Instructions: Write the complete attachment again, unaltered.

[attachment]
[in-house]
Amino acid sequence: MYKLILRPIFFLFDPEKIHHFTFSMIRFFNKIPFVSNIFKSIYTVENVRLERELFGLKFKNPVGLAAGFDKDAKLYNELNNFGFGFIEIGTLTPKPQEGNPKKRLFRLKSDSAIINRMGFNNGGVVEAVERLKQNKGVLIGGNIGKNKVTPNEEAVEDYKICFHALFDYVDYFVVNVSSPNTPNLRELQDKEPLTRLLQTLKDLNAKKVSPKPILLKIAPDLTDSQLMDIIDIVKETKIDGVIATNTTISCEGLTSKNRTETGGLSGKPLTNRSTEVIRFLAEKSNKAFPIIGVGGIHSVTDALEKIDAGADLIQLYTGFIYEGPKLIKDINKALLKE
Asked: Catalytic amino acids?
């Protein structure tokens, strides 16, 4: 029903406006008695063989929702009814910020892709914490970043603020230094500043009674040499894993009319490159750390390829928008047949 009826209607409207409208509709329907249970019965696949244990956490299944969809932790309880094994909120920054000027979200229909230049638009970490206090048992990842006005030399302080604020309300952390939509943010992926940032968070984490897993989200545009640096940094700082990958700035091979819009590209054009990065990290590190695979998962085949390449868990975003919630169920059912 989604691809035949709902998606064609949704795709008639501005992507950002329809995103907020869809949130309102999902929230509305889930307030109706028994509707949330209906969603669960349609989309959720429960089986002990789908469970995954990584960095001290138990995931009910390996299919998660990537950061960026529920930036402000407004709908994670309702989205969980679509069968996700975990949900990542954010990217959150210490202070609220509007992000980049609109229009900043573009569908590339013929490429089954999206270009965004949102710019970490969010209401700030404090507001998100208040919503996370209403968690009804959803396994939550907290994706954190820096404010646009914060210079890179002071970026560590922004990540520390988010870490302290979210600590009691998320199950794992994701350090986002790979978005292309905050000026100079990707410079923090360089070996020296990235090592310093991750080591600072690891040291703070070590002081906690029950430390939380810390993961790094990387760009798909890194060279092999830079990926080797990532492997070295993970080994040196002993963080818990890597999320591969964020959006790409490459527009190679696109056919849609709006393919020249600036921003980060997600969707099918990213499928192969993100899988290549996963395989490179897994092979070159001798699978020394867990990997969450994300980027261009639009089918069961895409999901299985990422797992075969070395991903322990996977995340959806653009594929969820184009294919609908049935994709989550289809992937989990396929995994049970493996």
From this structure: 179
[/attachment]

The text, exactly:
[in-house]
Amino acid sequence: MYKLILRPIFFLFDPEKIHHFTFSMIRFFNKIPFVSNIFKSIYTVENVRLERELFGLKFKNPVGLAAGFDKDAKLYNELNNFGFGFIEIGTLTPKPQEGNPKKRLFRLKSDSAIINRMGFNNGGVVEAVERLKQNKGVLIGGNIGKNKVTPNEEAVEDYKICFHALFDYVDYFVVNVSSPNTPNLRELQDKEPLTRLLQTLKDLNAKKVSPKPILLKIAPDLTDSQLMDIIDIVKETKIDGVIATNTTISCEGLTSKNRTETGGLSGKPLTNRSTEVIRFLAEKSNKAFPIIGVGGIHSVTDALEKIDAGADLIQLYTGFIYEGPKLIKDINKALLKE
Asked: Catalytic amino acids?
């Protein structure tokens, strides 16, 4: 029903406006008695063989929702009814910020892709914490970043603020230094500043009674040499894993009319490159750390390829928008047949 009826209607409207409208509709329907249970019965696949244990956490299944969809932790309880094994909120920054000027979200229909230049638009970490206090048992990842006005030399302080604020309300952390939509943010992926940032968070984490897993989200545009640096940094700082990958700035091979819009590209054009990065990290590190695979998962085949390449868990975003919630169920059912 989604691809035949709902998606064609949704795709008639501005992507950002329809995103907020869809949130309102999902929230509305889930307030109706028994509707949330209906969603669960349609989309959720429960089986002990789908469970995954990584960095001290138990995931009910390996299919998660990537950061960026529920930036402000407004709908994670309702989205969980679509069968996700975990949900990542954010990217959150210490202070609220509007992000980049609109229009900043573009569908590339013929490429089954999206270009965004949102710019970490969010209401700030404090507001998100208040919503996370209403968690009804959803396994939550907290994706954190820096404010646009914060210079890179002071970026560590922004990540520390988010870490302290979210600590009691998320199950794992994701350090986002790979978005292309905050000026100079990707410079923090360089070996020296990235090592310093991750080591600072690891040291703070070590002081906690029950430390939380810390993961790094990387760009798909890194060279092999830079990926080797990532492997070295993970080994040196002993963080818990890597999320591969964020959006790409490459527009190679696109056919849609709006393919020249600036921003980060997600969707099918990213499928192969993100899988290549996963395989490179897994092979070159001798699978020394867990990997969450994300980027261009639009089918069961895409999901299985990422797992075969070395991903322990996977995340959806653009594929969820184009294919609908049935994709989550289809992937989990396929995994049970493996």
From this structure: 179